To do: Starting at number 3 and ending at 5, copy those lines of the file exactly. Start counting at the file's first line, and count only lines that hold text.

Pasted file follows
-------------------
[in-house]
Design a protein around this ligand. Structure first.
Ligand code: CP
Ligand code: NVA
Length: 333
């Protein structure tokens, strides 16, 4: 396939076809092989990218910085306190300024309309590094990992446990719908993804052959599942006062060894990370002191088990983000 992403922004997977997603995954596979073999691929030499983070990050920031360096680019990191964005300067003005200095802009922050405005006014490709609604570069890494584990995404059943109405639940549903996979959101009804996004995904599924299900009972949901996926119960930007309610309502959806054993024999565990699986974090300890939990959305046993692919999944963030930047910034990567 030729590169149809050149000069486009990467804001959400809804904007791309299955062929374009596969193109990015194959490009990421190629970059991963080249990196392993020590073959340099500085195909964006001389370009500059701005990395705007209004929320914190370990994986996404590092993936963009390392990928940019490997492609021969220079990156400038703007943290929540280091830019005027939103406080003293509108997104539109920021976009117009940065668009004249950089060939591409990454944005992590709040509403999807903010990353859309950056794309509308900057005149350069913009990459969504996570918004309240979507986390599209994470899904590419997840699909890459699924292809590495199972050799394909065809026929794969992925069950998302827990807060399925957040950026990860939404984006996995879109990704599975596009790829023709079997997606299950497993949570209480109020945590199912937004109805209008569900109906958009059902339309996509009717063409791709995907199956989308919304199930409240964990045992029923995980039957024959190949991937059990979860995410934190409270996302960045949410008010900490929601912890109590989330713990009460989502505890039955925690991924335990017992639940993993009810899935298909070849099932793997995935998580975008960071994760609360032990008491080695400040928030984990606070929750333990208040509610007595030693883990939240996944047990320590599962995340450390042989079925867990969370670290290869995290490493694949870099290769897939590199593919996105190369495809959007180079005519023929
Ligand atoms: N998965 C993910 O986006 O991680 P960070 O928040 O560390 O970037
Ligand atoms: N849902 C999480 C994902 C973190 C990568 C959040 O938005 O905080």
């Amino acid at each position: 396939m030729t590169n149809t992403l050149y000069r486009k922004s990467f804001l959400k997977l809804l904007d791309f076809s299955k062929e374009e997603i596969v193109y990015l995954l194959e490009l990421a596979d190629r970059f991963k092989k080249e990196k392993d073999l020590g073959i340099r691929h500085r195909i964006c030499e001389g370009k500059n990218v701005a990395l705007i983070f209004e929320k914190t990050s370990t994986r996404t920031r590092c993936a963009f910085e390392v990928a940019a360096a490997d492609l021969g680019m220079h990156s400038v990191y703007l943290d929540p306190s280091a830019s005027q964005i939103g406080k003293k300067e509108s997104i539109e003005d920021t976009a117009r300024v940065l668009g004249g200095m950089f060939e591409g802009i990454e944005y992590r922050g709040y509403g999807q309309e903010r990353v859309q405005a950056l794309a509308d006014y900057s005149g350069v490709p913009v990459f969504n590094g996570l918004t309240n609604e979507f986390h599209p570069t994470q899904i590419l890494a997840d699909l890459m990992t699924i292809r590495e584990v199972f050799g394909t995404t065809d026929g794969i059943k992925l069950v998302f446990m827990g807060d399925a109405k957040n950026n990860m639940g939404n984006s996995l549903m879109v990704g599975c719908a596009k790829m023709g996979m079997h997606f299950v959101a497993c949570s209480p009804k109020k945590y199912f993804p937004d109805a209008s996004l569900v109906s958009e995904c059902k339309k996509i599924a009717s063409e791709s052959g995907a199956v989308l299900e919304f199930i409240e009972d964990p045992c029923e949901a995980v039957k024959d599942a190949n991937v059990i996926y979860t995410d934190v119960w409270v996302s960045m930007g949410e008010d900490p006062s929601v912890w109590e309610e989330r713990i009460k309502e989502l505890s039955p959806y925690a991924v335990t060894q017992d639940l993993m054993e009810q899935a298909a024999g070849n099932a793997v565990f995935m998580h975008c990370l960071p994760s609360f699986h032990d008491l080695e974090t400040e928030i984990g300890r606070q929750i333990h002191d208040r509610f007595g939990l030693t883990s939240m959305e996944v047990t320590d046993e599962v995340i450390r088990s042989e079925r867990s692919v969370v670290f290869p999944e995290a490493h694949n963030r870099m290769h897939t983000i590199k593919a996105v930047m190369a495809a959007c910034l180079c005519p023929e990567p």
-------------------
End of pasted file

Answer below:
Ligand code: CP
Ligand code: NVA
Length: 333